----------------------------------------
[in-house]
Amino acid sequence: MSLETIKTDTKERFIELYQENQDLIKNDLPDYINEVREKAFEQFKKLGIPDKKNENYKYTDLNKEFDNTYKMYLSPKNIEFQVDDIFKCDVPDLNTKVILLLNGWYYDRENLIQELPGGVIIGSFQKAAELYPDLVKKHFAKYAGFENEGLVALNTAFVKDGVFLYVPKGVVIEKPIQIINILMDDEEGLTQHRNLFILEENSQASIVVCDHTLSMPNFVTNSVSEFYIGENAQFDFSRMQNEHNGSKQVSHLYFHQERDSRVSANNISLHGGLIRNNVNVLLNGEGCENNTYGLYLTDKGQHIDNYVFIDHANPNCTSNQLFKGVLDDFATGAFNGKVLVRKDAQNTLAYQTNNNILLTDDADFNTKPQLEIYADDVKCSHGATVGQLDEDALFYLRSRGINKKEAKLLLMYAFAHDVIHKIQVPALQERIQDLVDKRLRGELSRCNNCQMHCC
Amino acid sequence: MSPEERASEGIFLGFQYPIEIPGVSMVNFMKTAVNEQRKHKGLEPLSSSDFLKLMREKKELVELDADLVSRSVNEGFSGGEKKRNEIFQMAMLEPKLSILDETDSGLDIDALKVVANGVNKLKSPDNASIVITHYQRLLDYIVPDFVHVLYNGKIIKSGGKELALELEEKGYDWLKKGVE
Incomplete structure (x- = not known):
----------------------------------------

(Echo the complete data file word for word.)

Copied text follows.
[in-house]
Amino acid sequence: MSLETIKTDTKERFIELYQENQDLIKNDLPDYINEVREKAFEQFKKLGIPDKKNENYKYTDLNKEFDNTYKMYLSPKNIEFQVDDIFKCDVPDLNTKVILLLNGWYYDRENLIQELPGGVIIGSFQKAAELYPDLVKKHFAKYAGFENEGLVALNTAFVKDGVFLYVPKGVVIEKPIQIINILMDDEEGLTQHRNLFILEENSQASIVVCDHTLSMPNFVTNSVSEFYIGENAQFDFSRMQNEHNGSKQVSHLYFHQERDSRVSANNISLHGGLIRNNVNVLLNGEGCENNTYGLYLTDKGQHIDNYVFIDHANPNCTSNQLFKGVLDDFATGAFNGKVLVRKDAQNTLAYQTNNNILLTDDADFNTKPQLEIYADDVKCSHGATVGQLDEDALFYLRSRGINKKEAKLLLMYAFAHDVIHKIQVPALQERIQDLVDKRLRGELSRCNNCQMHCC
Amino acid sequence: MSPEERASEGIFLGFQYPIEIPGVSMVNFMKTAVNEQRKHKGLEPLSSSDFLKLMREKKELVELDADLVSRSVNEGFSGGEKKRNEIFQMAMLEPKLSILDETDSGLDIDALKVVANGVNKLKSPDNASIVITHYQRLLDYIVPDFVHVLYNGKIIKSGGKELALELEEKGYDWLKKGVE
Incomplete structure (x- = not known):